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British Naturalists’ Association

The National Body For Naturalists


© The British Naturalists’ Association 2014


The Seahorse Trust Newsletter

is available to download Here>>

More than three-quarters of the UK’s butterflies have declined in the last 40 years with some common species suffering significant slumps, a major scientific study has revealed.

Report, by Butterfly Conservation and the Centre for Ecology & Hydrology (CEH)

Chris Packham Hon FBNA and Vice-president of Butterfly Conservation , said: “This report reveals that UK butterflies are in real trouble. Yet again we are presented with sobering evidence that our much-cherished wildlife is in dire straits.”

As a society we are guilty of standing idly by as once common species, never mind the rarities, suffer staggering declines. This is a situation that should shame us all.

“The future of the UK’s butterflies does not have to be bleak. This report shows conservation work can and does turn around the fortunes of our most threatened butterflies.”

The newly launched Garden Butterfly Survey will attempt to lift the lid on how garden butterflies are faring.

The UK’s estimated 22 million gardens represent an area roughly the size of Somerset, and at a time when butterflies face unprecedented threat, they offer a potentially huge and vitally important habitat.

The Garden Butterfly Survey will encourage participants to count garden butterflies every month of the year as climate change has seen butterfly flight periods change with some species now flying into the winter.

Anger over Natural History Museum

plans to bulldoze wildlife garden

One of London's top visitor attractions, the Natural History Museum, is planning to bulldoze its unique living exhibit - home to more than 3,000 species of plants and animals - as part of a multi-million pound revamp of the institution.

The wildlife garden, which occupies a compact one-acre site on the west side of the museum building, was set up by a team of scientists 20 years ago to recreate the dozen or so habitats of lowland Britain. Animals that make their home in the garden range from moorhens and great tits through to smooth newts and damselflies, while plants include bee and common spotted orchids.

The plans will see a metres-wide path built right through the middle of the garden, where visitors currently enjoy the iconic central pond, and surrounding wetland and grassland habitat, all teeming with wildlife. As a result more than 50% of the garden will be either lost or uprooted.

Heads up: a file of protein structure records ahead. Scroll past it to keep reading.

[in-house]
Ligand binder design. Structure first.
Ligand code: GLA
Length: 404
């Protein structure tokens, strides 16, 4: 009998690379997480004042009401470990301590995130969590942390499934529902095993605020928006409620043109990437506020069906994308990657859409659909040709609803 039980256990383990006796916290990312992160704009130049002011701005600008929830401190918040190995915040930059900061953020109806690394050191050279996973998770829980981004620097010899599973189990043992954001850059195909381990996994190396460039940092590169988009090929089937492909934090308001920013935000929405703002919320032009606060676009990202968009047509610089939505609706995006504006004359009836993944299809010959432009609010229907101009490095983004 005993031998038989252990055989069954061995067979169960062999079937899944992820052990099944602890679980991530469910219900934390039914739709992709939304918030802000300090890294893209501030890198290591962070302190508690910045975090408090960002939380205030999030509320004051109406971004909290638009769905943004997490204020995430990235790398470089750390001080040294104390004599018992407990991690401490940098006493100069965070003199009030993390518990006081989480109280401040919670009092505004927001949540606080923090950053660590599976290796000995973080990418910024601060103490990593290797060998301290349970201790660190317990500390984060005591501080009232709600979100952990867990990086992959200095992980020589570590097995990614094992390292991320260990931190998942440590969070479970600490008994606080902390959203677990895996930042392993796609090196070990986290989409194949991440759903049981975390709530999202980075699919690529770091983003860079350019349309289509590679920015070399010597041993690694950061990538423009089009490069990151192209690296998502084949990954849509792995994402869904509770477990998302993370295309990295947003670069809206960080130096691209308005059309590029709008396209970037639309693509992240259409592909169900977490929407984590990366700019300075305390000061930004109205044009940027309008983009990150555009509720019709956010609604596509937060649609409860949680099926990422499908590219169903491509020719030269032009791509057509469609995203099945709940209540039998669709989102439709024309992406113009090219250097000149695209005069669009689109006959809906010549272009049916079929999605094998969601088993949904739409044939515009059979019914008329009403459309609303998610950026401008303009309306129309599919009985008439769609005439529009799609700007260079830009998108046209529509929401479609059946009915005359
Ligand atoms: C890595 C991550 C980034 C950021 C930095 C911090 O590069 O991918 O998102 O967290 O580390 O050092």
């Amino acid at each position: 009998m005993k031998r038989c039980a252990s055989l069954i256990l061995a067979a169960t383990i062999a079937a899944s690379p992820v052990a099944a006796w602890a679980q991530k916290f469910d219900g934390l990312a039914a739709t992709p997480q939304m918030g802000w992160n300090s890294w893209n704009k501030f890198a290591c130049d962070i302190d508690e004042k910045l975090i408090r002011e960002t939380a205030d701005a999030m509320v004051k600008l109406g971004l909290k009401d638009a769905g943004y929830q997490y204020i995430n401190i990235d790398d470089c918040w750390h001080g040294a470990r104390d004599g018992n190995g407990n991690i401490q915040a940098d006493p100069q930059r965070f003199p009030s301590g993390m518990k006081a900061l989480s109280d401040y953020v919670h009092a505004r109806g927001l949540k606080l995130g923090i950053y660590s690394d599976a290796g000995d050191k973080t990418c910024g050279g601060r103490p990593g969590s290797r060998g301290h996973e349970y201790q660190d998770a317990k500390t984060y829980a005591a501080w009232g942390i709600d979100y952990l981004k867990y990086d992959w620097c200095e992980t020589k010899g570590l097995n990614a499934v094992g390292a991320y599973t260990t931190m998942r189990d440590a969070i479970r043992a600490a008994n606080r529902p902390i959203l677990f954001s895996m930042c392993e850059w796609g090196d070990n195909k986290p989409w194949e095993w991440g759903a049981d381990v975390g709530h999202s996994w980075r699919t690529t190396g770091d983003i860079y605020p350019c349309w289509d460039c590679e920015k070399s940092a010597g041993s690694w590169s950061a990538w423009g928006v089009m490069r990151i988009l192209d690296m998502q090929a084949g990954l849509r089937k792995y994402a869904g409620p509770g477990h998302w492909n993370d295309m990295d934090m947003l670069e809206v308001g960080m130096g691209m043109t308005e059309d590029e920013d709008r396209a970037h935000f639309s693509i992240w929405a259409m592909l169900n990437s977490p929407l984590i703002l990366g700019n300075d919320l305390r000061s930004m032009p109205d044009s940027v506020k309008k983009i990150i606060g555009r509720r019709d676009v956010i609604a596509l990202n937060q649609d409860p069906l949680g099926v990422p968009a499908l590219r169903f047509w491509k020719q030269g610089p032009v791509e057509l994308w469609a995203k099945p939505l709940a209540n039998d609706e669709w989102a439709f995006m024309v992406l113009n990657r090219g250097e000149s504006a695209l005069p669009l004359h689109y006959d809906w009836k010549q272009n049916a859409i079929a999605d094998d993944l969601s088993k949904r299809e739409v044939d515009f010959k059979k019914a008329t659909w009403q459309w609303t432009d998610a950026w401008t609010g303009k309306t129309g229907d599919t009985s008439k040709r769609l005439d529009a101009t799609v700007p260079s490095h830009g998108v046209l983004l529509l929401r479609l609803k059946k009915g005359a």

Scientists and other specialists at the museum, represented by the union Prospect, have firmly opposed the destruction of the garden and say that mature habitats can’t simply be dug up and successfully moved. They add that the plans go against ethos of sustainability on which the institution prides itself.

The garden hosts organised educational visits by thousands of school children annually and important research on the impact of climate change on native species takes place there. In recent years the garden has served as an ark for rare species of wildlife threatened by development elsewhere.

See more details of this and the petition HERE >>

Skunk Cabbage

Britain is under attack from a silent invader that is taking over our ponds and streams - the American skunk cabbage. This popular ornamental plant for garden ponds was first introduced to the UK in 1901. In recent years, sightings of the American skunk cabbage in the wild have increased by 84%. If left to its own devices, the skunk cabbage has been known to wipe out all native flora around it.


The plant was introduced into cultivation in the United Kingdom in 1901 and has escaped to become naturalized in marshy areas in Britain and Ireland, for example in Hampshire and Surrey, including Wisley Gardens, and in the north and west of the UK.

If you spot skunk cabbage in the countryside report it to the Environment Agency.

Martin Bravenboer - Public Domain

Sussex Wildlife Trust is making an urgent appeal to its members and supporters to help protect dormice living in the county.

This charming nocturnal mammal faces many threats and challenges to its continued survival including damage to woodland and hedgerows caused by housing and other development, the decline in coppicing their woodland habitat and changes in agricultural practice.

Work to allow dormice to move freely to source food, nesting material and provide protection from predators is already underway at three Sussex Wildlife Trust nature reserves, West Dean Woods near Chichester, Marline Valley near Hastings and Selwyn’s Wood near Heathfield.

In addition to habitat management, monitoring of dormouse numbers will also take place, providing valuable data in planning for the future protection of this charismatic animal. ‘Not only are dormice rare and extremely shy but they are also nocturnal so you are unlikely to see one in the wild. To thrive, they need living conditions with a good mix of tree species, well managed hazel coppice, green corridors to move along and an understorey of honeysuckle and bramble as a source of food, nesting material and to provide vital cover from predators.

Dormice Decline

Photo: D Middleton SWT